The most damaging impact of hydraulic fracturing is that the process will permanently remove hundreds of millions of gallons of fresh water from the water cycle. In addition to this fact, there are many more health, economic, and environmental impacts resulting from damage to the land, air, and water. Below are some of the most concerning environmental impacts resulting from hydraulic fracturing.
Extreme Water Withdrawals From Local Water Systems
A definite consequence of hydraulic fracturing is the immense and dangerous impact of water withdrawals from the local watersheds. A single well pad typically uses a minimum of 2 million gallons of fresh water, but a single well pad can also use hundreds of millions of gallons of fresh water. As previously mentioned, this water can never return to the water cycle, which means that the local water withdrawals will never be replaced to the local watershed.
In Kalkaska County Michigan, Encana Corporation used a record of 21 million gallons of fresh water for a single frack extraction[source]. This water can never return to the water cycle due to the added toxic chemical mixture and potential contact with radioactive materials. We are concerned about the impact this will have on our local water systems. Millions of gallons of fresh water are inherent to the hydraulic fracturing process, and the effects associated with the extraction, transportation, and storage will need to be addressed by both the state as well as the local communities in which it impacts.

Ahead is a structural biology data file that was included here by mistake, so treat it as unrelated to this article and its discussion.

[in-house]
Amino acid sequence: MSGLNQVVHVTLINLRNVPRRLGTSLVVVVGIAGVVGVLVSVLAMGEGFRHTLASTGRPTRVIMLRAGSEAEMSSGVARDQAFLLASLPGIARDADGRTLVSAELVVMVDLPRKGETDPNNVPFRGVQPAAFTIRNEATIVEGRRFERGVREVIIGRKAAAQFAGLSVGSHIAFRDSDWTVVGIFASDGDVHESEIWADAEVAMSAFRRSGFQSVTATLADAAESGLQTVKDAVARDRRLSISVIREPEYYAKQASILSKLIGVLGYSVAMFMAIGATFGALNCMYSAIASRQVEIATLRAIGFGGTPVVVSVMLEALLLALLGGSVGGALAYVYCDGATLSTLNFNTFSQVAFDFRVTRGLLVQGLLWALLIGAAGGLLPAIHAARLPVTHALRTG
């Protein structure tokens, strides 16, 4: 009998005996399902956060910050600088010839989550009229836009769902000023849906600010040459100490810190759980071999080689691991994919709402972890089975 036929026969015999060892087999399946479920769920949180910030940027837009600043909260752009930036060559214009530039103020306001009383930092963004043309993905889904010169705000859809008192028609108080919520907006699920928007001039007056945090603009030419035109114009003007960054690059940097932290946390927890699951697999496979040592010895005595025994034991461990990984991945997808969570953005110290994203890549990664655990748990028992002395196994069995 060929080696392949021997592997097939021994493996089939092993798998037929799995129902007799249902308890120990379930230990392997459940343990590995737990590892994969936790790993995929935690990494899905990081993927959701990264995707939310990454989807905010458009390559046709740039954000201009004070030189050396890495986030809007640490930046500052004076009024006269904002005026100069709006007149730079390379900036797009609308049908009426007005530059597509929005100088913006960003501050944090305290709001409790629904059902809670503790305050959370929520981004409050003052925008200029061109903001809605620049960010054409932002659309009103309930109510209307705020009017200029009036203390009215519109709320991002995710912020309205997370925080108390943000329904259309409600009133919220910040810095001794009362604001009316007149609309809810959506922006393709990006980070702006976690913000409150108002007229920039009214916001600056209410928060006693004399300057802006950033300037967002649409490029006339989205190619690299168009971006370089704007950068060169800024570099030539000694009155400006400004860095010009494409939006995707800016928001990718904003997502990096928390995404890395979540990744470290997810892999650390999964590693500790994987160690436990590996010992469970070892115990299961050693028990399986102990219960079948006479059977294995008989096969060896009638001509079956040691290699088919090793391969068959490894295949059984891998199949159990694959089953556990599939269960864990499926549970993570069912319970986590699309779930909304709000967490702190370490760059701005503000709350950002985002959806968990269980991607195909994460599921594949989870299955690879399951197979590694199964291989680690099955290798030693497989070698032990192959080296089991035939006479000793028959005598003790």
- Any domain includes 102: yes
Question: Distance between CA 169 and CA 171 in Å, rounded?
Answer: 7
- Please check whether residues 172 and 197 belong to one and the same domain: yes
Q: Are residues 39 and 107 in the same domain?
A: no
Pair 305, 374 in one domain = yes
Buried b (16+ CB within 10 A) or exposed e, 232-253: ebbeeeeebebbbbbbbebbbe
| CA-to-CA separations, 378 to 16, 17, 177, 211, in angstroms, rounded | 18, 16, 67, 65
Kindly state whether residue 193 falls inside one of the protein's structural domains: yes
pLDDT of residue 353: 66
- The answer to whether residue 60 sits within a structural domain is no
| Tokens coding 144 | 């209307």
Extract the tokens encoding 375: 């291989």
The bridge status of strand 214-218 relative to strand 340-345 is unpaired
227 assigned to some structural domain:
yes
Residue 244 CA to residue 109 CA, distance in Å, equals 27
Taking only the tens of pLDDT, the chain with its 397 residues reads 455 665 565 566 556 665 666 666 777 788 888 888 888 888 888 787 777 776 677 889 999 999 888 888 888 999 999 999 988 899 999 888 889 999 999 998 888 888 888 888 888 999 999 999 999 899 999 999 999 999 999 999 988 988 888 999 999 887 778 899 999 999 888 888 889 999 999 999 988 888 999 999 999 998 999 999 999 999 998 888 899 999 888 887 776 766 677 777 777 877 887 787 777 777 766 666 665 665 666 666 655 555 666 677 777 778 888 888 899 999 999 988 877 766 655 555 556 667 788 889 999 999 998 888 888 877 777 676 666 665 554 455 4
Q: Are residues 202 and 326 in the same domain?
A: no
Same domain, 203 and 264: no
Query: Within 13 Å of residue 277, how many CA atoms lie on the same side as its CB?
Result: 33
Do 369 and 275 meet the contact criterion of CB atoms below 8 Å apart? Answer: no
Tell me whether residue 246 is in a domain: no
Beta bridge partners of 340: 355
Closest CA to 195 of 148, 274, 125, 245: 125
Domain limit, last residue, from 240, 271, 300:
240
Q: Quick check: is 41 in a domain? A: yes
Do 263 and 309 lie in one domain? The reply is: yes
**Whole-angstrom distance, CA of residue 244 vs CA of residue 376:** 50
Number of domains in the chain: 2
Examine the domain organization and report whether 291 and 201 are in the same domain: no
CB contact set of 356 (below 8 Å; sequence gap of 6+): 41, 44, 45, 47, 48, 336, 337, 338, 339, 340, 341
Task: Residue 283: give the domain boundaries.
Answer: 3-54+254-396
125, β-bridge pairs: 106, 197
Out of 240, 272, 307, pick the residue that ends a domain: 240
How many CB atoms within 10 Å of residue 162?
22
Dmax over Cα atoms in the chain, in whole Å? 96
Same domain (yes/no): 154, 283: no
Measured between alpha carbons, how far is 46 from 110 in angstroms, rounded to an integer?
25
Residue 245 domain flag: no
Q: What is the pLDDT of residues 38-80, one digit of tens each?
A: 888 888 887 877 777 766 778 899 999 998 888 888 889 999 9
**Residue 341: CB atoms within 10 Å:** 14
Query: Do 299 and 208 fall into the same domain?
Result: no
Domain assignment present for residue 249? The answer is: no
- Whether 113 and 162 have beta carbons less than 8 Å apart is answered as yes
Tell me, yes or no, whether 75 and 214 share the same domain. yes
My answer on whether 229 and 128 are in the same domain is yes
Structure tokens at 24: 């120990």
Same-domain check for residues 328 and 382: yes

Onset of Unnaturally Occurring Earthquakes
One of the most alarming environmental impacts of hydraulic fracturing is the increased frequency of unnaturally occurring earthquakes across the country [source], which been associated with the hydraulic fracturing process, particularly the disposal of toxic, radioactive waste fluids [source]. The causes for these earthquakes have been attributed to the destabilization of the geological formations that are deliberately altered. In addition to numerous reports in Oklahoma, Arkansas, Texas, and Ohio, there have been thorough studies in highly recognized peer-reviewed journals [source] and by governmental agencies [source] that describe in full detail how these earthquakes can be generated as a direct result to the hydraulic fracturing process.